I have seen numerous documentaries and films on The Loch Ness Monster. Most of the movies told about a man-eating beast lying in the depths of the Loch Ness in Scotland. Amateur films more than anything. The documentaries told of a wild goose chase, and sightings of perhaps a prehistoric creature that had somehow survived through the ages, living in tranquility.The Water Horse is by no means any of those things. It shows us a clear and fresh take on the famed Nessy. It is adapted from Dick King Smith's novel of the same name.
It comes from the Producers of The Chronicles of Narnia, another well-made fantasy feature. To put things straight, the story speaks of the legend of a water horse, a sea-creature that hatches an egg before its death, and dies at the birth of its offspring. It is asexual. There can be no more than one water horse existing on the planet at a time. It grows in size freakishly fast. It is hard to say the period of time through which the story runs.
The story of The Water Horse is told by an aged man to a couple of tourists, sitting in an Inn in Scotland. The old man, played suitably, by Brian Cox. He speaks of Scotland at the time of the 2nd World War, of a country-boy named Angus MacMorrow(Alex Etel), living in a huge manor with his mother and sister. His father, a veteran of the War, hasn't seen home in years, and is presumed dead after his ship was sunk. Young Angus, on a pleasant day of collecting sea shells by the shore, discovers an egg. An egg of a Water Horse. He cares for it, looks after it, and calls it his greatest friend. And so begins the life of the Water Horse. It is a friendly, lovable creature at first. Adorably cute. Named Crusoe by Angus, within a very short span of time, it grows to monstrous proportions, and is set free in the Ness. Angus still cares for his friend Crusoe. He goes to the Ness to see it. And much like Harry Potter and Buckbeak the Hypogriff, Crusoe gives him a ride on his back. To the depths of the Ness and back out again.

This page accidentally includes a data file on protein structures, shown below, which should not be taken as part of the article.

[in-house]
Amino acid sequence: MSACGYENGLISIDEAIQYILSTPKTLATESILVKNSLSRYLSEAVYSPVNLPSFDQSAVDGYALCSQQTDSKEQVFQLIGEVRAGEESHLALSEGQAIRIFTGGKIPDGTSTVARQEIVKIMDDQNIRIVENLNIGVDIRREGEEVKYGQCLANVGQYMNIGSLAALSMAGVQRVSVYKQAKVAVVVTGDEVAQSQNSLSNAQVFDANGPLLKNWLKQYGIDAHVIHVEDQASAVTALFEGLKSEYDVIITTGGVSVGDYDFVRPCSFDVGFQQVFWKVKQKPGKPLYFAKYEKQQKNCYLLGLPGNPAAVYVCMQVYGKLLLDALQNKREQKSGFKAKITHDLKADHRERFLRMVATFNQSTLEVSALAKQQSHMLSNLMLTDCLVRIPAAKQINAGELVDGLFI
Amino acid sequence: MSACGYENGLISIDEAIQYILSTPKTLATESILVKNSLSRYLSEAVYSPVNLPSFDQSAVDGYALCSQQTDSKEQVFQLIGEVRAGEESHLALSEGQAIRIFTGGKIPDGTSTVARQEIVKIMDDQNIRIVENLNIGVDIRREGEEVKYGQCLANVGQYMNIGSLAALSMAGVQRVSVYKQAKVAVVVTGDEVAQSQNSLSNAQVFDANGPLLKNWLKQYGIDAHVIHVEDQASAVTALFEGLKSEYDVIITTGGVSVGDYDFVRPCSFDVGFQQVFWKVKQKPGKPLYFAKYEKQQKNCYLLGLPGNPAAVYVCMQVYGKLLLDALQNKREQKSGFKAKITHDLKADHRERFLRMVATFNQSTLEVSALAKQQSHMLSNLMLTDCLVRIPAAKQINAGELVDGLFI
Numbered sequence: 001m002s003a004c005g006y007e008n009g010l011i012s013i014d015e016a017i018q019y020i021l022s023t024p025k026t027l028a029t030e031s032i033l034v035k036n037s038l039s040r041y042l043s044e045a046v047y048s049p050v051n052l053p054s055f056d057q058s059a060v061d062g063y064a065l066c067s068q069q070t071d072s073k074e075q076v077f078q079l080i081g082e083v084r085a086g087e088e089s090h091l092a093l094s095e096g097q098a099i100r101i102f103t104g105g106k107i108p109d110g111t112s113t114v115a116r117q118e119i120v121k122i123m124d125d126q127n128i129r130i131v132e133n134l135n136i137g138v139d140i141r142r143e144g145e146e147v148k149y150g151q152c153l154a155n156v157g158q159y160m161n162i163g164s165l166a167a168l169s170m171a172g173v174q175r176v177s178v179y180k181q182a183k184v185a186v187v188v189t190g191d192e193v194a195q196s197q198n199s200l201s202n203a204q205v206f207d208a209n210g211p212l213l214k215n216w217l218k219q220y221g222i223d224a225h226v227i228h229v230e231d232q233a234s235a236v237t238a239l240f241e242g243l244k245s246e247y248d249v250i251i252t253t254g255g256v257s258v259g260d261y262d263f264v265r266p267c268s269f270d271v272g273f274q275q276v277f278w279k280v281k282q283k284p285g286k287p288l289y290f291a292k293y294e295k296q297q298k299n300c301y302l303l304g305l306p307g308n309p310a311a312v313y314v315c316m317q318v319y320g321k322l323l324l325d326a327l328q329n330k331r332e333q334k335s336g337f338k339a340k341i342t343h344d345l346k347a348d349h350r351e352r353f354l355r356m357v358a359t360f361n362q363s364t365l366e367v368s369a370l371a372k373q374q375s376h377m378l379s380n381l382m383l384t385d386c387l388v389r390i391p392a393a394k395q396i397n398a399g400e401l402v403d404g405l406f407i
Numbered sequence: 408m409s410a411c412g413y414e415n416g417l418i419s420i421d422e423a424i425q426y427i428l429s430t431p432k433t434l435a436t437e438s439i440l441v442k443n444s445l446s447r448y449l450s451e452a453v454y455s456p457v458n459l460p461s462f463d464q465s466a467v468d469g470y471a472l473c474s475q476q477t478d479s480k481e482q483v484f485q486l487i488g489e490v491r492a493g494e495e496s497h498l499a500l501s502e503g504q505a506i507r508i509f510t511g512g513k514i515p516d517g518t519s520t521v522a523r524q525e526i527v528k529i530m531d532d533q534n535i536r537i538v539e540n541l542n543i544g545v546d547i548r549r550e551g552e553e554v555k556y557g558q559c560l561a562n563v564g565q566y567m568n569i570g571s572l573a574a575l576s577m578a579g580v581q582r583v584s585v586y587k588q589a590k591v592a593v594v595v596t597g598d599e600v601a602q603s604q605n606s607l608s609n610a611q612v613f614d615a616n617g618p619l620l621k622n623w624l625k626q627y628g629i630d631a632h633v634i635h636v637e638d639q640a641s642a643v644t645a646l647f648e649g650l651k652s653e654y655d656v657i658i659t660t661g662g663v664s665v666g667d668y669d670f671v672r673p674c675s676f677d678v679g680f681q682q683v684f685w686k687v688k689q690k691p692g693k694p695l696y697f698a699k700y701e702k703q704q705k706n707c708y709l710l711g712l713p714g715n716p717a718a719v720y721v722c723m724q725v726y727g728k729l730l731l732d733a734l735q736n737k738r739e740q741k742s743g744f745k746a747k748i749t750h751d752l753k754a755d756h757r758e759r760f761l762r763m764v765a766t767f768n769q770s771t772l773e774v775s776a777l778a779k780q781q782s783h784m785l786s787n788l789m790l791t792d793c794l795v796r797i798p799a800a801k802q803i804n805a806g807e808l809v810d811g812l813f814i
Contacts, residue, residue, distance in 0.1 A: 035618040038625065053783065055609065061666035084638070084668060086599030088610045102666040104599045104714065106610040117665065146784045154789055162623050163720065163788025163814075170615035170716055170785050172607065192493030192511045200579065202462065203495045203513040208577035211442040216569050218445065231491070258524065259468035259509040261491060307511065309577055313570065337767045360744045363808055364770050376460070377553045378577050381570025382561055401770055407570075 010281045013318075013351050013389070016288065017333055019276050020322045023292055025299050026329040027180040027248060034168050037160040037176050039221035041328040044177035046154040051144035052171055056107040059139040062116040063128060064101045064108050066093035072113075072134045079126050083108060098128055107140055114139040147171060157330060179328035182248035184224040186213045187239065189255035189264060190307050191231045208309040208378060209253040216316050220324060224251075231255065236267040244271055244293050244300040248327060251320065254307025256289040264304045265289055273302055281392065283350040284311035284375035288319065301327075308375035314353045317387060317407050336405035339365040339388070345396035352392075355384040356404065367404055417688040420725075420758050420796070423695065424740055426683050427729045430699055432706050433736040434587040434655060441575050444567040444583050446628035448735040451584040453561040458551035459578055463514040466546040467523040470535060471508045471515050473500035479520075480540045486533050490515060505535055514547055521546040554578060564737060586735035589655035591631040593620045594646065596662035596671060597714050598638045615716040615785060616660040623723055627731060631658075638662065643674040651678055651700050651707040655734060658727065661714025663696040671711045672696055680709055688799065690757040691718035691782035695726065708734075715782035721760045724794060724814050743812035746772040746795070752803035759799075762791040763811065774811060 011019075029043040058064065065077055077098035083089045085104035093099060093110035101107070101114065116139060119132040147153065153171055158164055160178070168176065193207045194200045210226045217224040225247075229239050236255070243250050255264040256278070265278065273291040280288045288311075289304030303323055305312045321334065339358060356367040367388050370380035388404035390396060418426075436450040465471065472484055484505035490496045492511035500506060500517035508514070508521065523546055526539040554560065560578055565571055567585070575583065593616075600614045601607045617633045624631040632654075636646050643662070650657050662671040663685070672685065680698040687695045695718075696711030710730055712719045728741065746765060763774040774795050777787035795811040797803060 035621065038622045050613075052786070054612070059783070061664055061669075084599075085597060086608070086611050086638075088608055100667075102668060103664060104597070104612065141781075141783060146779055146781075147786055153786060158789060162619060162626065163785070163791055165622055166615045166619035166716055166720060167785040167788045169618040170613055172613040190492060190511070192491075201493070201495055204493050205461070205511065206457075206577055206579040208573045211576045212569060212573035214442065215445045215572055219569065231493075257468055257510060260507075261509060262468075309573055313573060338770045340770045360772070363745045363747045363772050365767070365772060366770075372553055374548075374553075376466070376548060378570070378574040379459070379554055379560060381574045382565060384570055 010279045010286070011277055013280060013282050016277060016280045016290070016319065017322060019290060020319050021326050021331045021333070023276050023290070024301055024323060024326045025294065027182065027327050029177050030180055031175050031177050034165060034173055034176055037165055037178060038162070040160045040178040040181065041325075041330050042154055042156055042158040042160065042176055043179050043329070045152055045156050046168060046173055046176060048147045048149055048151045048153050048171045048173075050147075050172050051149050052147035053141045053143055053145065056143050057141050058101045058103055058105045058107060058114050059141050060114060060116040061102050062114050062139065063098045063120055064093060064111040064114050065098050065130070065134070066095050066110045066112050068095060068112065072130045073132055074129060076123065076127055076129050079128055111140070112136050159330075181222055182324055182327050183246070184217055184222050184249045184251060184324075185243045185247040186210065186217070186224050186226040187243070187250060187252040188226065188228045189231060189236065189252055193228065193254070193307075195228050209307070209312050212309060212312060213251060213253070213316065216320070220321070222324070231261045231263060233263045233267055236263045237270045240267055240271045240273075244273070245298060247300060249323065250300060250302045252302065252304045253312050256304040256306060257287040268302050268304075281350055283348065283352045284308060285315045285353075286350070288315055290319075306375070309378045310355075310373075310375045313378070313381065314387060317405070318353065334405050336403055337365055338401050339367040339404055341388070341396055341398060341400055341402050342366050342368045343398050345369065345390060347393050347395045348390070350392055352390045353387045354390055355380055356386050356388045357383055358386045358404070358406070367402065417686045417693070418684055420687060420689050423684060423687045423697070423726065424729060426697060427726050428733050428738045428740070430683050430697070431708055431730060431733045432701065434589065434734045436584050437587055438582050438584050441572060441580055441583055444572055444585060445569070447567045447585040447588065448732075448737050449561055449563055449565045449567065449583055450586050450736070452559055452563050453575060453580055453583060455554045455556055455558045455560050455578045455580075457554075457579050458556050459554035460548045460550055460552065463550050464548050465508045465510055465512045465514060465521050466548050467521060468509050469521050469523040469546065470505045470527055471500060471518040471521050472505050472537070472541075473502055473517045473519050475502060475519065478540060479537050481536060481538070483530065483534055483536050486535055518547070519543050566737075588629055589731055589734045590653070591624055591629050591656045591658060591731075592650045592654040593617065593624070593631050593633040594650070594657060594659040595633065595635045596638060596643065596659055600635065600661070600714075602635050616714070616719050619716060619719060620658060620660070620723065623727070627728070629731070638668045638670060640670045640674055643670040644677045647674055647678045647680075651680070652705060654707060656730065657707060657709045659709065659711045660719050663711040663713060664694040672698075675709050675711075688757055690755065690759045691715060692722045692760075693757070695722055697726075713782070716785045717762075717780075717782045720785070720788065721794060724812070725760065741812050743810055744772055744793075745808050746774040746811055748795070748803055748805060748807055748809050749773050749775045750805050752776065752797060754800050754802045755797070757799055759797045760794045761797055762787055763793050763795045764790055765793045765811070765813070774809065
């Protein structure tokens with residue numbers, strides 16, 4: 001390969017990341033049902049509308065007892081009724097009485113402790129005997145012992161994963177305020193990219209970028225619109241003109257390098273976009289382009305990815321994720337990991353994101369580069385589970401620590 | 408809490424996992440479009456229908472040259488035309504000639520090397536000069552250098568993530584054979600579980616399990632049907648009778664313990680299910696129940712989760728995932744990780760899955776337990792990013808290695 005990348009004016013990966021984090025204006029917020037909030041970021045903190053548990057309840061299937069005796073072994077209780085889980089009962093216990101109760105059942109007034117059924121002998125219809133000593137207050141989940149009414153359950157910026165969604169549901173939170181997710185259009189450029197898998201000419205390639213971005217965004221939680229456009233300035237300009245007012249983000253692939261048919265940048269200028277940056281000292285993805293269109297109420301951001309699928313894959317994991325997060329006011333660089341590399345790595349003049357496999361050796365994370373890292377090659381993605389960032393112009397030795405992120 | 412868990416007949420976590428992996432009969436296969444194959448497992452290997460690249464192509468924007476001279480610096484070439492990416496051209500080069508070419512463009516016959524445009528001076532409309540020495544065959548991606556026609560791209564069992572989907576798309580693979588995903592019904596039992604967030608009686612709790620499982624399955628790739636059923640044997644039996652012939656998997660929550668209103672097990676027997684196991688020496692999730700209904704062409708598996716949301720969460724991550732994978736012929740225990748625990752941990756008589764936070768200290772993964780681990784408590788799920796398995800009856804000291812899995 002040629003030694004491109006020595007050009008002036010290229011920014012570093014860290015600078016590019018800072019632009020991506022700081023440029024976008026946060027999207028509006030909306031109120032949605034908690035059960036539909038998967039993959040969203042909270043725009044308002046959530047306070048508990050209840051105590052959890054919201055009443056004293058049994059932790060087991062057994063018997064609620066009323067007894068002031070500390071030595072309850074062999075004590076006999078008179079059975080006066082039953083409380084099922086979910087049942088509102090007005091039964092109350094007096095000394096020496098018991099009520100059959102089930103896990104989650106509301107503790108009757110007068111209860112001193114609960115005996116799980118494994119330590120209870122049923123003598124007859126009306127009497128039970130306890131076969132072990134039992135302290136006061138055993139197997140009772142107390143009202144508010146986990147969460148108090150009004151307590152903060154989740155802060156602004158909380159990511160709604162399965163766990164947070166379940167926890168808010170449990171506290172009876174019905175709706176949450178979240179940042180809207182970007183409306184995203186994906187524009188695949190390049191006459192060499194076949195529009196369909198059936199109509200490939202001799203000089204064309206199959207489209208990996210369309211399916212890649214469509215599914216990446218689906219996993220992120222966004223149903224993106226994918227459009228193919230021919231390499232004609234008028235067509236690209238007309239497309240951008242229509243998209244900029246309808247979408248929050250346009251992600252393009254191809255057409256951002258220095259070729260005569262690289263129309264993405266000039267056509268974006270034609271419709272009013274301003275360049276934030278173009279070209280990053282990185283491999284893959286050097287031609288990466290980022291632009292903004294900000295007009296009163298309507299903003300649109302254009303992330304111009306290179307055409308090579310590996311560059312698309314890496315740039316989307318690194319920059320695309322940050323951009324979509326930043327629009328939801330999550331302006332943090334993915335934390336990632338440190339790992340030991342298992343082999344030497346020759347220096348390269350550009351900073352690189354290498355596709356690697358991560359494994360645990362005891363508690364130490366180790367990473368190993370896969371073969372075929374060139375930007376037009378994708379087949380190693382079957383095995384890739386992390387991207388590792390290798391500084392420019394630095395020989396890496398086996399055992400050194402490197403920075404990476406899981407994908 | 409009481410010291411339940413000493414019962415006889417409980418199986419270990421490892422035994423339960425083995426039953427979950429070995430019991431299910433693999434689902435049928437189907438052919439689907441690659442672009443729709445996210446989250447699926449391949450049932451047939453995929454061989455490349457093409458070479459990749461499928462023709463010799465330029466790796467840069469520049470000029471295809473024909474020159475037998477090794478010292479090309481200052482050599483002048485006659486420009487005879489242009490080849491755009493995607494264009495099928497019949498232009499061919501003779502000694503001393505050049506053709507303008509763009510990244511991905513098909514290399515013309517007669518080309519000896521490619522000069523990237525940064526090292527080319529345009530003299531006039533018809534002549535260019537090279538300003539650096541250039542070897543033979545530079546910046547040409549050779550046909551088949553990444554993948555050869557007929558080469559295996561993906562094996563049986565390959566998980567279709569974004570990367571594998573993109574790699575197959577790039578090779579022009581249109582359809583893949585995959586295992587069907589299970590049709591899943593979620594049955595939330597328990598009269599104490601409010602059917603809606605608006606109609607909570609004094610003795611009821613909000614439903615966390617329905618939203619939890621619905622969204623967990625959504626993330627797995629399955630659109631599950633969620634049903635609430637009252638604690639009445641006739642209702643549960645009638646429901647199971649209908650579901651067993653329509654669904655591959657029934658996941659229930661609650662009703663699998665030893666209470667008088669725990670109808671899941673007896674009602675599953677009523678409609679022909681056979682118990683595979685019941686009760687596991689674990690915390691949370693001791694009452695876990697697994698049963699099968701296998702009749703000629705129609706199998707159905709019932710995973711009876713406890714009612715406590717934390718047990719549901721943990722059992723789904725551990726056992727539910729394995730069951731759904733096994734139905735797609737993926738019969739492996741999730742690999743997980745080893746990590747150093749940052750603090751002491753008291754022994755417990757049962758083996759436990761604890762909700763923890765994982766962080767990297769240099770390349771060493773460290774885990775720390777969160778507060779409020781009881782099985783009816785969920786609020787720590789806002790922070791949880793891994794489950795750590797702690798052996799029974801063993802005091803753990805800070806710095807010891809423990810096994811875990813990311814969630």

There are pros and cons in the movie, but the pros outnumber the cons by a mile. Apart from having commendable visual effects, the acting is exciting, with awe and anguish from the young Angus. Ben Chaplin, who plays Lewis Moubray, an injured/decommissioned soldier of the war, is the best of the lot. Morissey is the flaw in the casting. A spot of overacting, but he just looks plain weird in this role after that disaster of a sequel to Basic Instinct. The others fit the bill in the casting department. Alex Etel is perfect in the role of the young Angus.
The movie, perhaps a tad 15minutess or so longer than it should have been, suffers from the impressive amount of detail it has. It falls short when it comes to editing. There were times I found myself thinking,"Now why did they jump that scene?" However, if it falls short there, it makes up in the background music. A Scottish tinge to it. Pleasant to the ears.
The Water Horse is a nice film to watch, especially with the family. It comes across as a children's movie, and the utter cuteness that the creature possesses when it is young will just make you go "Aww" at times.
The film, in its simplicity, shows us man's undying eagerness to help other living creatures around him. A cross shown to greatness in Spielberg's E.T.. This might not be an E.T., but it doesn't disappoint like most of the boy-rescues-animal flicks. Definitely worth a watch after all the mess they've made with movies based on the Loch Ness Monster. This one differs. It's good.
7/10 for the acting. 7/10 for the story. 7/10 for the visuals. They ended the movie the way lots of movies end. Doesn't necessarily mean that they'll make a sequel. But, if they make one to this, I'll watch it.